After watching their side beat Watford 2-0 in midweek, Manchester City fans will be forgiven for thinking that the footballing Gods are firmly against them these days.
Not only have they managed to go from the most entertaining, free-scoring team in the country to a side barely able to put a game to bed; not only have they managed to go from top of the table certainties to a battle for fourth; and not only have they managed to lose arguably their two most important players in a mass brawl after losing a game they should have won; but now, even in midweek victory, City are still taking the negatives: that is, Ilkay Gundogan left the pitch in tears after picking up an injury that could rule him out for months.
There’s something limp and sad about City at the moment, and it all seems to stem from something that City can’t really avoid for much longer. And that’s the formation of an identity. For too long, City’s identity hasn’t been apparent. They’ve never really been ‘for’ anything: nothing, that is, except they seem to be ‘for’ winning and ‘against’ somebody else winning.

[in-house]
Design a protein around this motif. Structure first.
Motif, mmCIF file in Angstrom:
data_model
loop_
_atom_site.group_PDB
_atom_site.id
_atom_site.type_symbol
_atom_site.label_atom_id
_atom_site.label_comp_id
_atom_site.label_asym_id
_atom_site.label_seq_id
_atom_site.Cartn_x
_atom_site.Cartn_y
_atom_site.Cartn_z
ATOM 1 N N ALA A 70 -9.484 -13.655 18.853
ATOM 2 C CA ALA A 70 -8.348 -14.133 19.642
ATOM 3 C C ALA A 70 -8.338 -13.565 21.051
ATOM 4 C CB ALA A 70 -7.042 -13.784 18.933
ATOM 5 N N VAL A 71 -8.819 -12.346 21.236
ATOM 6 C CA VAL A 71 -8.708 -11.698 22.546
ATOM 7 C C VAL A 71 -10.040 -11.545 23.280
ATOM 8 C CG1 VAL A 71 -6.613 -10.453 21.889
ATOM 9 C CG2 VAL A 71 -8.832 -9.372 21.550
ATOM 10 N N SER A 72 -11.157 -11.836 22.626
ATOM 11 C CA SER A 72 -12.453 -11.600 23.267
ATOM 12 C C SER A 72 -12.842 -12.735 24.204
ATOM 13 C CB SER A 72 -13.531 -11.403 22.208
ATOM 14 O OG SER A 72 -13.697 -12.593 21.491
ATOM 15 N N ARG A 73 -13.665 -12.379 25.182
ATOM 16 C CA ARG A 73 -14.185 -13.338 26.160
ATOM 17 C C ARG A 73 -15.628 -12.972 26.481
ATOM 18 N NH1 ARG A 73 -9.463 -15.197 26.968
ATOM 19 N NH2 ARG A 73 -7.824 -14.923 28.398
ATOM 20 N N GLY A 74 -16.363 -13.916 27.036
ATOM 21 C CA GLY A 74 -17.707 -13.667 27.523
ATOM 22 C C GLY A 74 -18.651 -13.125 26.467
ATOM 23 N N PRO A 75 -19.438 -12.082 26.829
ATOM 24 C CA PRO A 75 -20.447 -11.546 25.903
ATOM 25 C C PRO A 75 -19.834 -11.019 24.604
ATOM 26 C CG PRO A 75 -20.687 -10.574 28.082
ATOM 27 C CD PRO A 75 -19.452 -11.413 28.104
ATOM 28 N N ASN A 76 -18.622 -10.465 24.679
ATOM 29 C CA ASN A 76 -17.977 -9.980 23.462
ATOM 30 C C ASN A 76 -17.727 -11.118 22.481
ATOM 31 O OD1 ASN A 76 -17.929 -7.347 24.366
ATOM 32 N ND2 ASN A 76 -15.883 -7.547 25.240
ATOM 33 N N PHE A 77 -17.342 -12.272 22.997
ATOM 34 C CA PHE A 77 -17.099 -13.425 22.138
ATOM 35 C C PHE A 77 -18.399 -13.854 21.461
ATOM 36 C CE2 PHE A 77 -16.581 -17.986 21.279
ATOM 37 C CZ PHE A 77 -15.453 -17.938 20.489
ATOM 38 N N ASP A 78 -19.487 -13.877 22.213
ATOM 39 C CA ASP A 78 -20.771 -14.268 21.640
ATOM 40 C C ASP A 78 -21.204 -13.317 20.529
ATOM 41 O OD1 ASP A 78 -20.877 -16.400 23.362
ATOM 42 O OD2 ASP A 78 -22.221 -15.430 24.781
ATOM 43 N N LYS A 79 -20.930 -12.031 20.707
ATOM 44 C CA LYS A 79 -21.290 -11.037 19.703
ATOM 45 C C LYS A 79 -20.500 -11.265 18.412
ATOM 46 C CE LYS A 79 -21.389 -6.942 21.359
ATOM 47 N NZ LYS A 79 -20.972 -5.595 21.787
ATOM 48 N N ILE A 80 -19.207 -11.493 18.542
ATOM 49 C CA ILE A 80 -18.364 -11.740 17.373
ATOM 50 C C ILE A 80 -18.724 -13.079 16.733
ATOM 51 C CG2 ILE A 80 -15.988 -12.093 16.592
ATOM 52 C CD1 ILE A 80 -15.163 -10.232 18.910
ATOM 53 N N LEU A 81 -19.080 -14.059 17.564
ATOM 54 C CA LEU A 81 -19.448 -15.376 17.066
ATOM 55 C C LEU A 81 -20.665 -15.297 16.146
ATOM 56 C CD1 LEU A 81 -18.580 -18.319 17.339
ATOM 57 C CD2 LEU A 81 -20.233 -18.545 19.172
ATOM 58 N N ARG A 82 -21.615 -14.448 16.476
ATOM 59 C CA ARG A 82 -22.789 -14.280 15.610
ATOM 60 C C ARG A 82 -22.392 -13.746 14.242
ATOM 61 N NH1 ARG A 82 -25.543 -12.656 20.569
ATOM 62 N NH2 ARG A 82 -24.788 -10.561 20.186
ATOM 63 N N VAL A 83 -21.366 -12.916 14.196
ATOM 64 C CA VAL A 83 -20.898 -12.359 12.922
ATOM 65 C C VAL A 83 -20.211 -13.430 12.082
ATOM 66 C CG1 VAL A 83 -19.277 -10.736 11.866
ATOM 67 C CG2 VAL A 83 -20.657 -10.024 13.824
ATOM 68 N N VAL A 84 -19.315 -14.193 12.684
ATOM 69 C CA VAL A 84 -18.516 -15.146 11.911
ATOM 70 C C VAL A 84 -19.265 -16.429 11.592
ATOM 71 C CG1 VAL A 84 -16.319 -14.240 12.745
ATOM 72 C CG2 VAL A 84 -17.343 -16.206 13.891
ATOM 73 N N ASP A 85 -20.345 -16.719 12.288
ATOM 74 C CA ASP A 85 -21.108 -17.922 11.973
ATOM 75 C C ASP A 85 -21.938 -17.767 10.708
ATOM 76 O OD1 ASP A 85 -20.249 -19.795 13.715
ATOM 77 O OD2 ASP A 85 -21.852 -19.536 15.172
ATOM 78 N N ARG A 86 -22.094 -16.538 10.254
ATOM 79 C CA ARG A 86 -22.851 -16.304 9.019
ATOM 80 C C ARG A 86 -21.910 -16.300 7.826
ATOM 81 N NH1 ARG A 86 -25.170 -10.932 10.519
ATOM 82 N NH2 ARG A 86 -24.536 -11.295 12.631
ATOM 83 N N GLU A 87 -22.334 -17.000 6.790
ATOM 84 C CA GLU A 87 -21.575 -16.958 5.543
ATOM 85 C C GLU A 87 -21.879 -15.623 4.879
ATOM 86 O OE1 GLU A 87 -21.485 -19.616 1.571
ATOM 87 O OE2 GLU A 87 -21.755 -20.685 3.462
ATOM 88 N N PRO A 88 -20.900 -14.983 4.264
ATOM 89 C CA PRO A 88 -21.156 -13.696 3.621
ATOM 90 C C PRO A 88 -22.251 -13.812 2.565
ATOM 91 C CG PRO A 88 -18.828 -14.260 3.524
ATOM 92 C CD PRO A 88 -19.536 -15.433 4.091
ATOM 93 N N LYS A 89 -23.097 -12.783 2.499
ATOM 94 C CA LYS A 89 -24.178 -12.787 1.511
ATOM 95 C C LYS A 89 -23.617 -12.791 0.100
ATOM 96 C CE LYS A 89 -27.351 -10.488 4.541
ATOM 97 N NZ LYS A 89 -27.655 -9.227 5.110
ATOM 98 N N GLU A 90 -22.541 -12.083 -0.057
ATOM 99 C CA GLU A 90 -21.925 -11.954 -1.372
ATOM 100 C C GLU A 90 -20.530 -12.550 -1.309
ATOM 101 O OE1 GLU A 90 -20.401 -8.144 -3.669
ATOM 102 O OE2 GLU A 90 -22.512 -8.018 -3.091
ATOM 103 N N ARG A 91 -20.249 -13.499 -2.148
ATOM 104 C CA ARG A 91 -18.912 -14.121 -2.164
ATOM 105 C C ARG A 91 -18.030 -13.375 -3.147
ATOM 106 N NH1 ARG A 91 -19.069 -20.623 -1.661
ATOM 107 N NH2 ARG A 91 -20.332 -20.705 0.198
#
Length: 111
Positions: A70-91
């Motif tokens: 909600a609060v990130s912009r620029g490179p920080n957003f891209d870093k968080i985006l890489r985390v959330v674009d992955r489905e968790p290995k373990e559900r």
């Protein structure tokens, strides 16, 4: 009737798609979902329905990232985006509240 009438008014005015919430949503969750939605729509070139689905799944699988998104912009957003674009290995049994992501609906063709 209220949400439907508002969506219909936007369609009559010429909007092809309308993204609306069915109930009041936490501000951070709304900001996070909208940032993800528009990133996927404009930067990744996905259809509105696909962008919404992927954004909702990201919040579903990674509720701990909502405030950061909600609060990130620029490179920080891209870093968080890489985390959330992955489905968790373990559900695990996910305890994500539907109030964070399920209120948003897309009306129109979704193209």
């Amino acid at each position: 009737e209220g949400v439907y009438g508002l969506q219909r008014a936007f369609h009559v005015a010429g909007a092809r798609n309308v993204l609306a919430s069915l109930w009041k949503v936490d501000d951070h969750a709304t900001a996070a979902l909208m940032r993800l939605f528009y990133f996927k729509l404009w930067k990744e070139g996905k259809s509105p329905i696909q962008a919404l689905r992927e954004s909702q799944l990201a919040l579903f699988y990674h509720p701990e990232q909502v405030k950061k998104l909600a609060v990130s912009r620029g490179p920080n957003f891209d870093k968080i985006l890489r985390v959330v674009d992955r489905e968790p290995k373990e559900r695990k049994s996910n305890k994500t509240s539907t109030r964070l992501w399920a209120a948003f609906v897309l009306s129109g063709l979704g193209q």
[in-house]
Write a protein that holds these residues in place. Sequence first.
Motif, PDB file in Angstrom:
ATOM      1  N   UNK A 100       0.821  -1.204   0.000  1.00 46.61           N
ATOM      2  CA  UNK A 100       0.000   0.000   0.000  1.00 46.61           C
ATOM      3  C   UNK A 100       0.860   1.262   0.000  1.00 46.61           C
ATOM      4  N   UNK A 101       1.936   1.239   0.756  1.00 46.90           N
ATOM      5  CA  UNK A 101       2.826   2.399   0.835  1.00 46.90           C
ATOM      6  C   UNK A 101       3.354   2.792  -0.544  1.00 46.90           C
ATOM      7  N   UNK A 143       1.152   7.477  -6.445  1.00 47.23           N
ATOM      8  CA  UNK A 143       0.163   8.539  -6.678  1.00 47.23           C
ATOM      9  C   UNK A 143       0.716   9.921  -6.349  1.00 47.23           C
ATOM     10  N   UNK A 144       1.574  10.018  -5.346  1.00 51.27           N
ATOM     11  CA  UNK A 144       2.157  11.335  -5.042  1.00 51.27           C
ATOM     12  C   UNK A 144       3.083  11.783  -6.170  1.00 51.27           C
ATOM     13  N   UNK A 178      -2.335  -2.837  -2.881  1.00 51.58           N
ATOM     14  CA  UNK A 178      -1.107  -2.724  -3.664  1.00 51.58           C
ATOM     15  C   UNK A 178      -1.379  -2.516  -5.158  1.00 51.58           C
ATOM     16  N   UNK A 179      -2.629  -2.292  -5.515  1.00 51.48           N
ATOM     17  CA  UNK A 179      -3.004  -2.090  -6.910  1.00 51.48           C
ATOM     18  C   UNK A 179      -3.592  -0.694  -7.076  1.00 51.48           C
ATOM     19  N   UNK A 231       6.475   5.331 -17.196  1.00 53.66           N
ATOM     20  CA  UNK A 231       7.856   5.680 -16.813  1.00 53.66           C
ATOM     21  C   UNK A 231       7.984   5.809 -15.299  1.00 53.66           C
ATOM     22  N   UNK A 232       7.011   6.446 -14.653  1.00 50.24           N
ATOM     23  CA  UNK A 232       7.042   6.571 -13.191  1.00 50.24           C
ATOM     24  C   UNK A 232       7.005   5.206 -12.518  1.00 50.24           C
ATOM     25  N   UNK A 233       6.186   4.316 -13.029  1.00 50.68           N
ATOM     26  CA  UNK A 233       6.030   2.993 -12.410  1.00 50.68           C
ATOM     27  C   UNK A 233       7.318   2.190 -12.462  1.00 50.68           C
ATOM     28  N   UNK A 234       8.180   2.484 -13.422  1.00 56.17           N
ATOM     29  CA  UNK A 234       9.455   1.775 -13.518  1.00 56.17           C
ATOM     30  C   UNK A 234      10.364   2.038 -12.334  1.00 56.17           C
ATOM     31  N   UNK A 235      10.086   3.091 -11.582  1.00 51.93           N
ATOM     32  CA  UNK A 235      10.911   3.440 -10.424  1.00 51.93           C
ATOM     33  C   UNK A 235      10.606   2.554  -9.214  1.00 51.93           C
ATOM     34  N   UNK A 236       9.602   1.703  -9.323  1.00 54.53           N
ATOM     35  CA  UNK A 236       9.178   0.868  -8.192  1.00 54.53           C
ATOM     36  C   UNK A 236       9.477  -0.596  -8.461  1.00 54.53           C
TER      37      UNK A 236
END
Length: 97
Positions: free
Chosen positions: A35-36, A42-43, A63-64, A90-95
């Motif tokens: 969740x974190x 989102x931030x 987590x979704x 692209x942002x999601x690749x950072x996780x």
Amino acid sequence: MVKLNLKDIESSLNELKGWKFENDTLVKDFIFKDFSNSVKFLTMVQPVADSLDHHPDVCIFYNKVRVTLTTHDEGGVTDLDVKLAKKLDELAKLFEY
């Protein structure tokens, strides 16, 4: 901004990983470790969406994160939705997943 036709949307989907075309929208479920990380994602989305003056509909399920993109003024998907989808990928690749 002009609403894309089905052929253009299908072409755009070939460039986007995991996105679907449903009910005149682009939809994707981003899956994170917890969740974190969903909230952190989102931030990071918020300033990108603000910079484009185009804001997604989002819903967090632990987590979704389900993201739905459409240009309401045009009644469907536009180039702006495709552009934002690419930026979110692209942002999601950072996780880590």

Things are different these days. Pep Guardiola’s militancy in bringing in ball-playing footballers, the type who will run hard and press, sure, but whose main aim is to play a certain style of football at all costs, even if that cost is a conceded goal or three. It is maddening, it is frustrating, and given the resurgence of Manchester United and possibly even Tottenham, it might even see City drop out of the top four in the not too distant future.
Indeed, there may come a point in February, after their game against Arsenal this weekend and Liverpool on New Year’s Eve, that we might be talking about how City’s best route back into the Champions League next season is to win this year’s edition of Europe’s premier club competition.
City will eventually get it right. The whole point of the Pep project isn’t necessarily to win trophies, but to instil an identity into the first team and the wider club. To make all ages and genders play the same entertaining way. And that’s a great goal, a worthy achievement. But it might mean falling out of the Champions League for a year whilst they get it right. In fact, Guardiola may never get it right.
For the moment, City are looking down. Not up.